Purpose The purpose of this article is to describe how to implement anti-bullying policies in higher education. Design/methodology/approach The paper informs organizations on the personnel needed for successful implementation. Findings Executive leadership is needed for policy development, policy introduction, and continued implementation. Research limitations/implications The paper informs organizations on the personnel needed for successful implementation. Practical implications It demonstrates the importance of campus-wide leadership to educate the campus. Social implications The study highlights how to achieve policy acceptance and how to coach campus community to trust the policy. Originality/value The paper informs about the importance of campus-wide support and extensive leadership presence in implementing a controversial campus policy.
      Citation: Human Resource Management International Digest
      PubDate: 2018-05-18T08:35:36Z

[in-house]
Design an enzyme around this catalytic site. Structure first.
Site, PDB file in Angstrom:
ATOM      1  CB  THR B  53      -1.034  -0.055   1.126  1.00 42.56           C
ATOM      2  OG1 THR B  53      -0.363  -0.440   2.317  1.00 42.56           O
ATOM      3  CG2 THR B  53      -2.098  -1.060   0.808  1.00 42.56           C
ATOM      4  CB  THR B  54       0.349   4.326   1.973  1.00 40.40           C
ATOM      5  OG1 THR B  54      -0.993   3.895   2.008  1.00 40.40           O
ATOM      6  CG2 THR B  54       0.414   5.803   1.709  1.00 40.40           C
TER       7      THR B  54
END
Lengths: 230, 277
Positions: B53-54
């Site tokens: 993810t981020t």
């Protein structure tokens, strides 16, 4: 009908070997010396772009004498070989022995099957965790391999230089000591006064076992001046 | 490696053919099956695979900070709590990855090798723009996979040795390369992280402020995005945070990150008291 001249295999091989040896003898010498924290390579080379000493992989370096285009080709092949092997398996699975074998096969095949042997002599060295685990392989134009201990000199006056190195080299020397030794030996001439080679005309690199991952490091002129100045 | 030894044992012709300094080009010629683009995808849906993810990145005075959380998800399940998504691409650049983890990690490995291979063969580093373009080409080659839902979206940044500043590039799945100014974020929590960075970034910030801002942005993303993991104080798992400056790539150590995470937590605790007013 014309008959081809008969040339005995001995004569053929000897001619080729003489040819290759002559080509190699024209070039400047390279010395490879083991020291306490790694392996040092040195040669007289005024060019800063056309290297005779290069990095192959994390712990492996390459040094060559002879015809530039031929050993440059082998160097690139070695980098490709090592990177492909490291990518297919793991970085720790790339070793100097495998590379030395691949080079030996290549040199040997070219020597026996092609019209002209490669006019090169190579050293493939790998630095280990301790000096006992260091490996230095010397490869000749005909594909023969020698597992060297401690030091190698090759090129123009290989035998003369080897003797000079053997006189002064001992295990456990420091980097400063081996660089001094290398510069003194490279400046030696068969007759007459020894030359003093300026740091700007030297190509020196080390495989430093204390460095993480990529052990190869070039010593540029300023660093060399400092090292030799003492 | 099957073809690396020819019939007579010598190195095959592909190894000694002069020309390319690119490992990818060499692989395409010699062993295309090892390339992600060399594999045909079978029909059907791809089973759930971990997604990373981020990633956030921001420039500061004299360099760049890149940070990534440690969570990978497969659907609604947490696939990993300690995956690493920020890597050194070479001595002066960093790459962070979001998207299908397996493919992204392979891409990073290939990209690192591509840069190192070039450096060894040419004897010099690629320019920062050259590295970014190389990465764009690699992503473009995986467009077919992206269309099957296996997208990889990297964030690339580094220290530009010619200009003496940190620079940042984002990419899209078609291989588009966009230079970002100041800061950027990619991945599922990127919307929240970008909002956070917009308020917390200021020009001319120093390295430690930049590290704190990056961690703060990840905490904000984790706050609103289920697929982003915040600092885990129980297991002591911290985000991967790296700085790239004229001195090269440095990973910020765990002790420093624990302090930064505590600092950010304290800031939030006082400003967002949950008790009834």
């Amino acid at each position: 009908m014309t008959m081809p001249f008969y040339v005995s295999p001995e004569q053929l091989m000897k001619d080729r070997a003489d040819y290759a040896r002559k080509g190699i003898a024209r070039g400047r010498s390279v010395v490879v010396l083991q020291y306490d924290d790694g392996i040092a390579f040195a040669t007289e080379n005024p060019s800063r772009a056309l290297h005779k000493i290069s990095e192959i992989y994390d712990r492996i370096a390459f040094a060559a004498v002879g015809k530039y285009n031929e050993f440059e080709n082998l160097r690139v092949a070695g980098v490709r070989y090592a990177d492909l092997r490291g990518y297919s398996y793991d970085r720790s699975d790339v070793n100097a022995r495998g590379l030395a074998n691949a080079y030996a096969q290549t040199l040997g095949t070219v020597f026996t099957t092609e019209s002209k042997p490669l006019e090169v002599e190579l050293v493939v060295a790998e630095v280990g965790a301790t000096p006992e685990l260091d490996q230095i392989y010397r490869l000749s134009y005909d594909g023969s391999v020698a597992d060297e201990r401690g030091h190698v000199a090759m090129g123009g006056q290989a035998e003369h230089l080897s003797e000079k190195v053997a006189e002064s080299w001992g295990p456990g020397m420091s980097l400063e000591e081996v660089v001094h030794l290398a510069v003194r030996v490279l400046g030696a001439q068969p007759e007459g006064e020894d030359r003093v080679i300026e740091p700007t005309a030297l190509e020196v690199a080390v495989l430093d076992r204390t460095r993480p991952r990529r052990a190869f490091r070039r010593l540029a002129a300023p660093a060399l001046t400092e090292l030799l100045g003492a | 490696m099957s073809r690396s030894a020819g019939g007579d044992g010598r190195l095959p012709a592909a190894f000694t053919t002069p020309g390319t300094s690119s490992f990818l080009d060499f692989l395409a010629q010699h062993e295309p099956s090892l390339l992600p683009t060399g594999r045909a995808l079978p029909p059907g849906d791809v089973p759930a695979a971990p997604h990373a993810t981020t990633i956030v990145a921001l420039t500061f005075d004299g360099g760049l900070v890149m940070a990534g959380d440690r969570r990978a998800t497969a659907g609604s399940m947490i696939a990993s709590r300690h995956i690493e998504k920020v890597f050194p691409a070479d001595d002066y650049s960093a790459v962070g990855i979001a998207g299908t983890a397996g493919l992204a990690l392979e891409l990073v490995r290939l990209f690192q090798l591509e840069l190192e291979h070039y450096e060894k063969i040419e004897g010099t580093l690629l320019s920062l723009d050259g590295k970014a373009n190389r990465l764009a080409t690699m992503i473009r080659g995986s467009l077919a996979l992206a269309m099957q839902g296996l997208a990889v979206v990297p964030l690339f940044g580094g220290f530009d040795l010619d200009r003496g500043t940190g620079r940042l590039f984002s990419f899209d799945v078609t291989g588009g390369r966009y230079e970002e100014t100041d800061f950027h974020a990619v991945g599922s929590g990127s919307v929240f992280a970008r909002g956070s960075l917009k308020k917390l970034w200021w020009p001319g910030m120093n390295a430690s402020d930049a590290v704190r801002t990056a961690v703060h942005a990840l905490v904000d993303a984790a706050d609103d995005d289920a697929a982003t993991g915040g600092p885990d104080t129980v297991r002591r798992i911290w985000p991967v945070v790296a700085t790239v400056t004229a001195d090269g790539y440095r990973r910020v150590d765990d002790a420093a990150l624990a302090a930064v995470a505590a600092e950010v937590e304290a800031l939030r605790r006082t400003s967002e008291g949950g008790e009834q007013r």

DOI: 10.1108/HRMID-03-2017-0046
       
  • Dynamics of succession planning for Indian family-owned businesses:
           learning from successful organizations
    • First page: 31
      Abstract: Human Resource Management International Digest, Ahead of Print.
      Purpose The purpose of this paper is to highlight the process and challenges faced by Indian family-owned businesses (FoBs) during succession planning and examine the recent advancements in succession planning of successful Indian FoBs. Design/methodology/approach The authors make use of recent developments in terms of succession planning by FoBs to prepare their impartial comments and summary. Findings It is evident that India has the third highest number of FoBs after China and the USA. The challenges for these organizations during the transition of the ownership to the next generation start from finding a competent family member to manage the conflict between the family and the board. Practical implications The paper provides strategic insight into leading FoBs in India for creating a systematic and robust succession plan in their respective organizations. Originality/value The briefing saves busy executives and researchers hours of reading time by selecting only the very best, most pertinent information, and presenting it in a condensed and easy-to-digest format.